In the ensuing discussion, Council members expressed concern over the rampant gang violence and political deadlock in Haiti. Many highlighted the importance of a Haitian-led solution to the country’s many challenges, calling for political stakeholders to reach consensus and hold elections as soon as possible and on the international community to support the Government in strengthening the capacity of the Haitian National Police. While some emphasized that BINUH cannot replace national efforts to address these issues, many members noted the importance of the Office’s work, which can help strengthen Haiti’s fragile institutions.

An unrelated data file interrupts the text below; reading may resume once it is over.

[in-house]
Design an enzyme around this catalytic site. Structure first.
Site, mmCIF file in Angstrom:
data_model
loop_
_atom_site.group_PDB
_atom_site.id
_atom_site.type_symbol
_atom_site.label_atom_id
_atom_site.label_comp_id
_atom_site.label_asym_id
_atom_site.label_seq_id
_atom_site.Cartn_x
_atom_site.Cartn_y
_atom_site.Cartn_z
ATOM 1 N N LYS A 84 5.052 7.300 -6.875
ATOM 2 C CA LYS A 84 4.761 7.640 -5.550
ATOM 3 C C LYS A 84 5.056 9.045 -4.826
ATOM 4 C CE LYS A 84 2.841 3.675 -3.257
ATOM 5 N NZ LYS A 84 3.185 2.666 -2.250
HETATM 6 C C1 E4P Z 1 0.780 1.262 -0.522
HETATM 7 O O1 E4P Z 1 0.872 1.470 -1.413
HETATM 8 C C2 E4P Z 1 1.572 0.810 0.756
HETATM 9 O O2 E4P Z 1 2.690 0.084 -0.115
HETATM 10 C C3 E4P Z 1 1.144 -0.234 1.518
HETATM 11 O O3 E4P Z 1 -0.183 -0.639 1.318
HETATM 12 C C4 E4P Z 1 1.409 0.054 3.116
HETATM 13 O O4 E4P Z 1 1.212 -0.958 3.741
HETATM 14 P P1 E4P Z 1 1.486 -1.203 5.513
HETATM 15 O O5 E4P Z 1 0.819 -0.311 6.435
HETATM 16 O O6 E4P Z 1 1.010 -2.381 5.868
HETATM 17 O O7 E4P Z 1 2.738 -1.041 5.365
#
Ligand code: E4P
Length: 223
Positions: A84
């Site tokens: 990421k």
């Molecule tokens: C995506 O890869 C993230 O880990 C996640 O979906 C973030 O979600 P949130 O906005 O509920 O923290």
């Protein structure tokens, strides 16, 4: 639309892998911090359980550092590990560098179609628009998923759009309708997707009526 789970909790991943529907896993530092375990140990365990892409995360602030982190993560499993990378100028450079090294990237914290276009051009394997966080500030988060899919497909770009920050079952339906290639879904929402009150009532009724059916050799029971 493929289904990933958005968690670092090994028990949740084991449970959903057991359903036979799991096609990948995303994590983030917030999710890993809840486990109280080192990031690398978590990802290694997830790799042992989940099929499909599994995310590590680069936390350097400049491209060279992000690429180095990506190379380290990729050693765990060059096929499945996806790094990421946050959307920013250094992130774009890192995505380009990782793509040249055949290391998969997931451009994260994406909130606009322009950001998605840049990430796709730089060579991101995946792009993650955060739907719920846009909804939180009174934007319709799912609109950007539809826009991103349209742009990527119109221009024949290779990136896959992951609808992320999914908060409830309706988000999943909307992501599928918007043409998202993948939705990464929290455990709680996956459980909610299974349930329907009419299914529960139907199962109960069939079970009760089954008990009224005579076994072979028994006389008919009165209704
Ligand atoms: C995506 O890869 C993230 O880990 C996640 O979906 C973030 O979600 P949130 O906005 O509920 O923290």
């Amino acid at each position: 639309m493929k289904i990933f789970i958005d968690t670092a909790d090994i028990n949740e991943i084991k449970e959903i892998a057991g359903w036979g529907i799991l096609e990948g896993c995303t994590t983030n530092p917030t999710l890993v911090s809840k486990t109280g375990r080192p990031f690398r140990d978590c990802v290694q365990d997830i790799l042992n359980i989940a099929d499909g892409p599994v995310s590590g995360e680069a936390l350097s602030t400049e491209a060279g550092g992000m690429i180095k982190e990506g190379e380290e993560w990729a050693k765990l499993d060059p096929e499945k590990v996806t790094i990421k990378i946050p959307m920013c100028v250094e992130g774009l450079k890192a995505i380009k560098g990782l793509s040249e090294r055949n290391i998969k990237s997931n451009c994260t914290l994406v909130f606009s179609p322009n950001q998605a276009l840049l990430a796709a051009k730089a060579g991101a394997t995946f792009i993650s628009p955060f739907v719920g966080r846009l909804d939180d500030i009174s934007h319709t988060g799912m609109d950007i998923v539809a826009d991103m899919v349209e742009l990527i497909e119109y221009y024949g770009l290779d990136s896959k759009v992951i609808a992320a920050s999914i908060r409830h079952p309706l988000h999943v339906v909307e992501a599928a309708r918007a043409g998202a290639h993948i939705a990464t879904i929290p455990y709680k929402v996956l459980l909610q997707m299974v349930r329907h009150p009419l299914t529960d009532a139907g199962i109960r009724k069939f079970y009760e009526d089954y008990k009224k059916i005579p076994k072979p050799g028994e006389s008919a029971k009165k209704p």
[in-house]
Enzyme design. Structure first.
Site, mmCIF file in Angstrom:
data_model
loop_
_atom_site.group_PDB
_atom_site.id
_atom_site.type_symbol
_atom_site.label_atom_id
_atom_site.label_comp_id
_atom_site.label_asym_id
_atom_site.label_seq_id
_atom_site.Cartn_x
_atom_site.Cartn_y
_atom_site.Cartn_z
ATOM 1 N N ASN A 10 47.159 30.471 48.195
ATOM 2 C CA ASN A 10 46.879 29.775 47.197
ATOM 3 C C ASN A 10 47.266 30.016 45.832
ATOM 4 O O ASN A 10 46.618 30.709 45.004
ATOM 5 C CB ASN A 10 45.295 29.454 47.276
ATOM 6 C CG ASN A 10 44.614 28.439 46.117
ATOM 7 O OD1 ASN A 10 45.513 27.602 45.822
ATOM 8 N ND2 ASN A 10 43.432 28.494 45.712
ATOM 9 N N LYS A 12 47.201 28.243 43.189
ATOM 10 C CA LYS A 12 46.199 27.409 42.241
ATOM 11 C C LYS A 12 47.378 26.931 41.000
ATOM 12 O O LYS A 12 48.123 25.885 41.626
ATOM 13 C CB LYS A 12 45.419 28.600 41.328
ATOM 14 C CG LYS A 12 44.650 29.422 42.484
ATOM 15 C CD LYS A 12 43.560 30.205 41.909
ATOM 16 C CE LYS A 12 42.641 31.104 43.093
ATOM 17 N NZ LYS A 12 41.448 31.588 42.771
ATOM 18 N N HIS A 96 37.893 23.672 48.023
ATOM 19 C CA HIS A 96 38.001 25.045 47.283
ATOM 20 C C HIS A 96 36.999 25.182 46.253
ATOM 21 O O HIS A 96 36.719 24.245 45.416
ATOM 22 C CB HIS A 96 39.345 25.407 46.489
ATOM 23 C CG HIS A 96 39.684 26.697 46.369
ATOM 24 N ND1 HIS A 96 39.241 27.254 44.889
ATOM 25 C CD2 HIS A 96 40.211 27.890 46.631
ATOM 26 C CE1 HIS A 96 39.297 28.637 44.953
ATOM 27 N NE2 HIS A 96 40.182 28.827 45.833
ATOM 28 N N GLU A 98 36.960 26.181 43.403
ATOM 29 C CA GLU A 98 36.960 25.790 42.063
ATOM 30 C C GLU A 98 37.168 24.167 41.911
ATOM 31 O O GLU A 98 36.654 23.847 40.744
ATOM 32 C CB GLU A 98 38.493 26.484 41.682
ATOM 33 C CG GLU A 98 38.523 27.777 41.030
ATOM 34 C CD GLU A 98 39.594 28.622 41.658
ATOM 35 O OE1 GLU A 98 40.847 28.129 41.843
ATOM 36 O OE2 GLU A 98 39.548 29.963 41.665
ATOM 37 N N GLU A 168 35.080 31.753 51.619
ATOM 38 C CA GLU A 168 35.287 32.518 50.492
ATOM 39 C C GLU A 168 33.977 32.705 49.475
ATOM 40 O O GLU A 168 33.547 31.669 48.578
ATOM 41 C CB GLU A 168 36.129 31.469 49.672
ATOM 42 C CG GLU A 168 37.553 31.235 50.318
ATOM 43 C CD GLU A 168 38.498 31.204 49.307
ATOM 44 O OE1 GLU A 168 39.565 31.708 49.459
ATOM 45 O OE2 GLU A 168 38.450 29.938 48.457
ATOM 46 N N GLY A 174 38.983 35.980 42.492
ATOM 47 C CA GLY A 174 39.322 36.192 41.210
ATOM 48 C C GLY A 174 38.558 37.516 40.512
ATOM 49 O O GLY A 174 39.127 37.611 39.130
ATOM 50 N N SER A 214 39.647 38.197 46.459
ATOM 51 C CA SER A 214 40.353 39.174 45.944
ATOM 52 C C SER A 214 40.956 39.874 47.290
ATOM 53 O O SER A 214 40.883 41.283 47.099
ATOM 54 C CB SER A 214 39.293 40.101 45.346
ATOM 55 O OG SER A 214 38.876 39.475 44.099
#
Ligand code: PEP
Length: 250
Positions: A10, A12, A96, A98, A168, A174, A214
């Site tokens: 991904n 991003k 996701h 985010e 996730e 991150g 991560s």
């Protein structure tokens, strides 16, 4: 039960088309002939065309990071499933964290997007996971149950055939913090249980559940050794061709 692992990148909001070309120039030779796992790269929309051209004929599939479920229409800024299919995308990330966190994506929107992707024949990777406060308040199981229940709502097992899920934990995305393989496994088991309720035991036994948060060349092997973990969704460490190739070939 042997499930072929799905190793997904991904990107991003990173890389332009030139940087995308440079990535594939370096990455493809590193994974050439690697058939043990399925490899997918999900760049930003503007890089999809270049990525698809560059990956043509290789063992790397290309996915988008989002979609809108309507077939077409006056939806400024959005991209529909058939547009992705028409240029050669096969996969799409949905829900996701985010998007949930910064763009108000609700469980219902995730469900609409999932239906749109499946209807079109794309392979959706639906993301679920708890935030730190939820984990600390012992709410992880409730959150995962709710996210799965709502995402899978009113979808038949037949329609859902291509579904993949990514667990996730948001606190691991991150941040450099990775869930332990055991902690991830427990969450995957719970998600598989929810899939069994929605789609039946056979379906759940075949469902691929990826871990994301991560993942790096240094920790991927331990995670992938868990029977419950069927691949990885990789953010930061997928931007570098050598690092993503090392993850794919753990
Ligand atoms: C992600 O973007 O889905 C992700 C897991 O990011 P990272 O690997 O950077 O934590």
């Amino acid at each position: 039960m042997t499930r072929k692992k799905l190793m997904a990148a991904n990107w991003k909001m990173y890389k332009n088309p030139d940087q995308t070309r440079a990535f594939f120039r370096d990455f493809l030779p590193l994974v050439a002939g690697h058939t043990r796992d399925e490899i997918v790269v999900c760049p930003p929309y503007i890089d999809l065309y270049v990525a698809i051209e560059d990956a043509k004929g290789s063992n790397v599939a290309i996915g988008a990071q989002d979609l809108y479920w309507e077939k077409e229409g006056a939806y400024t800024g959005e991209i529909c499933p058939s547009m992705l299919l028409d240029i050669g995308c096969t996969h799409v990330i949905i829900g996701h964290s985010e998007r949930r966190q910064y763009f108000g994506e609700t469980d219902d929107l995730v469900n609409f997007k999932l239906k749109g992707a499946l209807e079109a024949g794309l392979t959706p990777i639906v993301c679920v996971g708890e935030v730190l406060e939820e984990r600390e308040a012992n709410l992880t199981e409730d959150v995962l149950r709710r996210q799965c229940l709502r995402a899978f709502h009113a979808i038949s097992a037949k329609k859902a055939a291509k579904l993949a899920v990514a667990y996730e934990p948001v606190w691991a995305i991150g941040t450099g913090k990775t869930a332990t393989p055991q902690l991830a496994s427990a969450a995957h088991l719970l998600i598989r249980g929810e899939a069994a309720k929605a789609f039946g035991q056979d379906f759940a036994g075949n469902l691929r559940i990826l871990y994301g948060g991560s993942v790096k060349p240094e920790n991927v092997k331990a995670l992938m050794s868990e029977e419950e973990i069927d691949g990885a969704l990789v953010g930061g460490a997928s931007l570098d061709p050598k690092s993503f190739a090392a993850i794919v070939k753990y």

On that point, the representative of Mexico stressed that Haiti must have a robust United Nations presence in the form of a special political mission with a solid, stable mandate. BINUH is essential for encouraging political dialogue and revitalizing the national judicial system, he said, adding that tackling the flow of arms into the country is “an inescapable first step to address this crisis”.
Brazil’s representative, however, noted that the Organization’s efforts in Haiti — especially those of BINUH — are currently insufficient to prompt progress on the ground. The Office’s structure should be reinforced to provide specialized support to the Haitian National Police, include a specific mandate to control illicit financial flows and strengthen its efforts to prevent, monitor and investigate human-rights abuses.